From the Mountain to the Valley By: Marlee Sorrells
Dr. Jimmy Dorrell, co-founder and president emeritus of Mission Waco Mission World, spoke at Cornerstone last week. He also facilitated a Q&A luncheon for students on Wednesday of Cornerstone week.
“Jimmy Dorrell is a man who I believe embodies Old Testament prophet characteristics,” Baptist Student Ministry (BSM) Director Manny Silva said. “He stands in the midst of our lives and tells us that the way our life is now is not the way that it should be. He admits that there is pain in the Christian walk and we should enter into other people’s pain.”
Cornerstone is a three-day event hosted by the BSM where a guest speaker leads chapel. The purpose is to take time out of the typical college schedule and perpetuate the ideas set forth in the foundation agreement of Hardin-Simmons University.
“Cornerstone for me is three days of getting to interrupt the fast pace of college life to direct our hearts, minds, and thoughts to Jesus,” Silva said. “It is also a good opportunity to focus on our callings as Christians and how we look at our world around us.”
Dr. Dorrell’s first message was based on going from the mountain to the valley and working with people who do not have as much. He spoke about his time traveling and conducting missions and his work in Waco with the homeless.
“Chapel was a great experience for individuals to learn more about pressing issues in our culture, like poverty and homelessness,” Micah Stone, a senior economics major from Kyle, said.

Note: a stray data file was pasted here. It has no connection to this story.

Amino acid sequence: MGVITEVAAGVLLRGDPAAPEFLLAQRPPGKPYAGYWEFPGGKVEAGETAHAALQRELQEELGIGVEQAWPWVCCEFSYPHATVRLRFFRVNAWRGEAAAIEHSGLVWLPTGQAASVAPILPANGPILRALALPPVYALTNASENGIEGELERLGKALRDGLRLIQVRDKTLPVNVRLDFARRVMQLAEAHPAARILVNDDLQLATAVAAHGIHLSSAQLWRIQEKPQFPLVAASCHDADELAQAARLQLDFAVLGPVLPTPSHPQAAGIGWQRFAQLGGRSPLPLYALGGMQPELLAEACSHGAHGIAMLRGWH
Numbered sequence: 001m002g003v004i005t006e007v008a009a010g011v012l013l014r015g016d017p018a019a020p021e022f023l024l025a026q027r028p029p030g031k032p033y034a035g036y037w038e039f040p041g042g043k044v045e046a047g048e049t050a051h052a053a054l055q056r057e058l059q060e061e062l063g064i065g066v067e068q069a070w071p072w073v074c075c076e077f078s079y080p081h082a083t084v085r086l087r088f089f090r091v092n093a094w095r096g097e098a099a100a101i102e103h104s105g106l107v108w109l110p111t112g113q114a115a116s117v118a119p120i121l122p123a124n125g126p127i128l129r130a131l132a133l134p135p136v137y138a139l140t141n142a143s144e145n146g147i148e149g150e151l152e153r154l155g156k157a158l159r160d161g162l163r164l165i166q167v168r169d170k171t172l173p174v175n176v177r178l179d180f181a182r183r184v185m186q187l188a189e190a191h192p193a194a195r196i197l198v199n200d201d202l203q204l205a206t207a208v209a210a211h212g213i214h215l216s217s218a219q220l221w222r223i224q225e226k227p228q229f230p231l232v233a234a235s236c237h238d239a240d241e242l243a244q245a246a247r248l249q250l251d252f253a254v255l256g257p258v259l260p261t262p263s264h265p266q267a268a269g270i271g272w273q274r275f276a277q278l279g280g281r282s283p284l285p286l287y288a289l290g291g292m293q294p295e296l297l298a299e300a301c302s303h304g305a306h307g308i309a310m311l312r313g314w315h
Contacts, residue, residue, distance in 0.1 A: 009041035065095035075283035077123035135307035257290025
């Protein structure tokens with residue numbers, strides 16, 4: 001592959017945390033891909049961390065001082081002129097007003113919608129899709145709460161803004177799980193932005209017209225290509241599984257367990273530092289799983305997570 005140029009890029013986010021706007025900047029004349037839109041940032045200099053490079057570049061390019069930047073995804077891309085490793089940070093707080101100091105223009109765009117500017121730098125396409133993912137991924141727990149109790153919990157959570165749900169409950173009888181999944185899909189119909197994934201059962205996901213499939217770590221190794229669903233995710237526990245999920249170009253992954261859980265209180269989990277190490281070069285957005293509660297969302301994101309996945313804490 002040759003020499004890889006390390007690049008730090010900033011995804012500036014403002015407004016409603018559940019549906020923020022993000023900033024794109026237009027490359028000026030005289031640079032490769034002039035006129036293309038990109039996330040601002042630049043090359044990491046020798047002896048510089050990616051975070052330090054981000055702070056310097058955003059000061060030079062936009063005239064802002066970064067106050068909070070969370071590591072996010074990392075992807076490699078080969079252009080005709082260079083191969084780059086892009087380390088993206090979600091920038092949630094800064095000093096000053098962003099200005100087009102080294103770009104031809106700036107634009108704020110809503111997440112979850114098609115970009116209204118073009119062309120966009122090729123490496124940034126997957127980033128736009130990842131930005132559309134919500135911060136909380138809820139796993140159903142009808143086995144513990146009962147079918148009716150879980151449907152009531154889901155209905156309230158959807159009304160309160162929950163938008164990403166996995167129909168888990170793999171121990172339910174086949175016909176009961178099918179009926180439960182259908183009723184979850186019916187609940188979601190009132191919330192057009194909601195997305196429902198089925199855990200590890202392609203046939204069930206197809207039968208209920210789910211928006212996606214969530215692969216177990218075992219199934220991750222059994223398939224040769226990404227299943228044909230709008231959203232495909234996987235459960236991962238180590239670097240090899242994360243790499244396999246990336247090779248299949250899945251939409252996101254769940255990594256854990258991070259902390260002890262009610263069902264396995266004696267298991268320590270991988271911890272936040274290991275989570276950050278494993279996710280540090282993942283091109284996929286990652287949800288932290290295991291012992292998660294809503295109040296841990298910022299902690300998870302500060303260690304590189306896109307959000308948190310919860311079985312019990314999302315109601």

At the luncheon, Dr. Dorrell spoke more in-depth about his work with Mission Waco Mission World and the work he conducts in his neighborhood.
“I thought the luncheon was really interesting,” Ashleigh Power, a freshman chemistry major from Hurst, said. “I liked that we got to ask him (Dr. Dorrell) questions and learn more about his projects.”
His second message was about the Christian community and how his community changed through his work by creating a grocery store, coffee shop, movie theater and other improvements in his neighborhood. He also spoke about how the people in his neighborhood began to change and take pride in where they lived.
“It was interesting to hear how much small changes in a community can cause such a shift,” Philip Hough, a freshman English major from Garland, said. “I really didn’t think that not having a light pole would cause so many things.”
His final message was about the authentic church and how churches do not need a building to reach out to others.
“His last speech was really compelling,” Jonathan Durance, a freshman math major from Manitoba, Canada said. “I really like the idea of being able to help others in their faith without having to be tied to a specific church group.”
If you would like to help with Dr. Dorrell’s cause, BSM plans to participate in a poverty simulation in the spring. There are also opportunities to promote similar progress in Abilene with community service projects.